Apocalyptic State of Mind
This week’s newsletter is a bit heavy, so I’m speckling it with pumpkin updates from the garden to lighten the mood. (I’m sure I’ll feel more positive next week but sometimes you just have to write about real stuff, you know?) Three of the pumpkin varieties I planted are successfully developing fruits, but the fourth (red turban) is still very small, flowering now and then but with no sign of a pumpkin yet. In fact, I made the risky decision to move her recently because I didn’t think she was getting enough sun, so please - keep her in your prayers.
If you’re not based in the UK, you may not know that we are currently experiencing a cool, grey and rainy summer, only weeks after a heatwave in June hit record temperatures. It’s easy to think July and the start of August have been pretty bluuurrrrgh because we tend to see everything through an anthropocentric lens, so if we can’t have a BBQ, lie in a park or take good wedding photos, we consider it ‘bad’ weather. But last week I realised how lovely this summer has actually been - maybe not for the humans, but certainly for the wildlife.
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Last year, we had such an intense heatwave that I remember seeing a dragonfly and wondering where on earth it had come from, as so many local water sources had dried up. It has rained here almost every day for the last month but everything looks alive. It’s been a while since I’ve seen so many butterflies and bees in the garden, wet grass, glossy berries, flowers and foliage. Ok, I’m wearing a jumper in early August. But from where I’m writing, I can see three red admirals on the budleia cone by my window who appear to be loving life.
The grey weather is also helping to appease the existential dread by which I’m being plagued at the moment. PLAGUED, I tell you. I’m trying to wean myself off the news but I can’t cut it off completely, because that doesn’t feel right either. Climate change, pandemics, wildfires, war, artificial intelligence - I can’t just ignore this stuff. It’s the state of the world, for Christ’s sake. But sometimes it really does feel like a physical weight on one’s shoulders. Anyone else? I’m envious of people like my neighbour, who is generally pleasant but reads the Daily Mail and sprays their lawn with weedkiller and literally doesn’t give an iota of a thought to climate change unless it’s to moan about an inconvenient green policy that probably won’t be passed anyway because our just-give-up-and-save-yourselves government are the absolute worst.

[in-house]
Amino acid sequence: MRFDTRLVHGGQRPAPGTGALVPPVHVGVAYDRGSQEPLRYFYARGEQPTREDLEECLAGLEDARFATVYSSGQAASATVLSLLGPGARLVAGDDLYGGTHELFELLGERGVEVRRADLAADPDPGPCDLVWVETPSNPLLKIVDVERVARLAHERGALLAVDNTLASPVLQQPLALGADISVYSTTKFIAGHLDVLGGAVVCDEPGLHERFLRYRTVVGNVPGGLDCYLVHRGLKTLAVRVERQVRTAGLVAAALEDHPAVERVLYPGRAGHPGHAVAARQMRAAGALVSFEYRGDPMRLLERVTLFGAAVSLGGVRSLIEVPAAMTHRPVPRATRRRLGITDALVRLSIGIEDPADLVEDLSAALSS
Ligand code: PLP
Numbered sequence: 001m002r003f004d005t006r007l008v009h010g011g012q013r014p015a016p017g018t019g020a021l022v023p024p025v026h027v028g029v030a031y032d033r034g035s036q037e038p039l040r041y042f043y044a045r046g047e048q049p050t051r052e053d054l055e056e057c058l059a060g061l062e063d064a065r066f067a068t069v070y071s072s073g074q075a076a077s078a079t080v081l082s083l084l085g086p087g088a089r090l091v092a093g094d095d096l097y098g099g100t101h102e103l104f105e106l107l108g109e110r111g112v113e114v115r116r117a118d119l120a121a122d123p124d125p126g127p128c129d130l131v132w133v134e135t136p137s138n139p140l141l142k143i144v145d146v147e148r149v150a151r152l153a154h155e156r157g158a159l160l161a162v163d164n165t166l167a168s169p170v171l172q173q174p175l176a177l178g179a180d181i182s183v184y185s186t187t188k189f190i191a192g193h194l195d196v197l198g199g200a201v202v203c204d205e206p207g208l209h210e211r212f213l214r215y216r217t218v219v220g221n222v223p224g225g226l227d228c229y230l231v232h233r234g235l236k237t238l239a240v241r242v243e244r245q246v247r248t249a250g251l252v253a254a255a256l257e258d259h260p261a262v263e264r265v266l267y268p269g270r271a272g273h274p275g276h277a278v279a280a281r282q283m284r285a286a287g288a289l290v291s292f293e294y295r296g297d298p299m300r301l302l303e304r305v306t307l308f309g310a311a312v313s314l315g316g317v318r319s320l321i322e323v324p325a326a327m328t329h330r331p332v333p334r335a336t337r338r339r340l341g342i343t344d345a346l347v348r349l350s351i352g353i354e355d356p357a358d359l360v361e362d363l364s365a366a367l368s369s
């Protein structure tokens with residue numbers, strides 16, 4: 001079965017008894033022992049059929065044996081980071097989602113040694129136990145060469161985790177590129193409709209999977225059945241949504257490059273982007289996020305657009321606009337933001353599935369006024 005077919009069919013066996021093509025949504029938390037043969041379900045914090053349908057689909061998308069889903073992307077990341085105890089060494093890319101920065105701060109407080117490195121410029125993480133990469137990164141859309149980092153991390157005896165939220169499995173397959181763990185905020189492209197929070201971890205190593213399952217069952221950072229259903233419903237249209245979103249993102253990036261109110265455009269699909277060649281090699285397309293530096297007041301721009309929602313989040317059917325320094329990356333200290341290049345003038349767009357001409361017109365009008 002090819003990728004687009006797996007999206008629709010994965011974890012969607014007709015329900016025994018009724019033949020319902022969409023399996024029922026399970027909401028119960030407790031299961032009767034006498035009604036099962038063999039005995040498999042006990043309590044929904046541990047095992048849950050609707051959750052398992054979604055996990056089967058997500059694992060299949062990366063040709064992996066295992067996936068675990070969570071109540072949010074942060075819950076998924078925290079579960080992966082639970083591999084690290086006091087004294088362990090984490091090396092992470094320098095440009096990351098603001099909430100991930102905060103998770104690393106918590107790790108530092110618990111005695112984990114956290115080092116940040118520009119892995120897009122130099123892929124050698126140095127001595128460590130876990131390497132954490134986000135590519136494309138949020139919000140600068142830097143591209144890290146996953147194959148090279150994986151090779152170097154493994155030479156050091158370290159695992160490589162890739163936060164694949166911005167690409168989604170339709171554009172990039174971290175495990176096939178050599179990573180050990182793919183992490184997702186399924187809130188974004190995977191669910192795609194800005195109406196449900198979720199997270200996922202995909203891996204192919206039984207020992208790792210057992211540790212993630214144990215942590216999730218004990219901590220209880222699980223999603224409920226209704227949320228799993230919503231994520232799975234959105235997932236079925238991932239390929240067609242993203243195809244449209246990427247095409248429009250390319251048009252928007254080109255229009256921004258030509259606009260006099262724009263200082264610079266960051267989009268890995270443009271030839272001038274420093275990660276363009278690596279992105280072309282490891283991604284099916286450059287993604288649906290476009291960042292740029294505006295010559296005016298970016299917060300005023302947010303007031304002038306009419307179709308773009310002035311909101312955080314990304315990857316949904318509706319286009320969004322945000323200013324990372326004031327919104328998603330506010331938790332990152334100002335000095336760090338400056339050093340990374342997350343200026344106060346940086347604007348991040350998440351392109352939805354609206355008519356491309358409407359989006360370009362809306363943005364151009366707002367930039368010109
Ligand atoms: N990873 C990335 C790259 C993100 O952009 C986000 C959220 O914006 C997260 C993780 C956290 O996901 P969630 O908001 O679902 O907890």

So here lies the age-old question: What can we do? How can any of us alleviate the crushing mental weight of climate change and everything else? I’m not in any way a perfect environmentalist, so I can’t even shelter in the smugness of my own lifestyle. Yes, I buy organic vegetables and coffee and second-hand clothes, but guess what? I also buy cheap tops from H&M, I drive short distances I could have walked, I switch on unnecessary lights to create a ‘cosy vibe’. I guess I could sort all that out, but even from the lofty moral turrets of my cavity wall castle, dressed in upcycled potato sacks and eco-lunching on seaweed and wild venison, all it takes is a glance at BBC News to make it all feel so futile. Which of course, it isn’t! I am, at heart, a hopeful person who believes positive change can happen. Just not at this moment. Perhaps it’s a mixture of postnatal hormones, book deadlines, potty training and that twat claiming it will all be fine, you silly plebs, but goodness me I am struggling with the state of the world right now.
Usually if I have an issue I can’t directly resolve, I try to let it go and focus inwards. I hone in on the beautiful little details of my own life and practice gratitude and mindfulness, grow something, paint something or rewatch a Poirot. That all feels pretty selfish and privileged in 2023, but to be honest, with where I’m at with life, work, family and health, it’s all I can really do to try and keep mentally afloat at the mo. So this week I will not be lobbying politicians or swapping my car for an e-bike or sitting on Rishi Sunak’s house (world’s tiniest violin for Rishi). Instead I will be tending to my pumpkins, Googling new ways to cook courgettes, working on the last few pages of my next book, and trying as hard as possible to go five minutes without checking the bloody headlines, all while feeling really guilty about everything I do, eat, buy or think. What a time to be alive!
If you made it to the end, enjoy this nice vegan recipe I’ve been making recently :)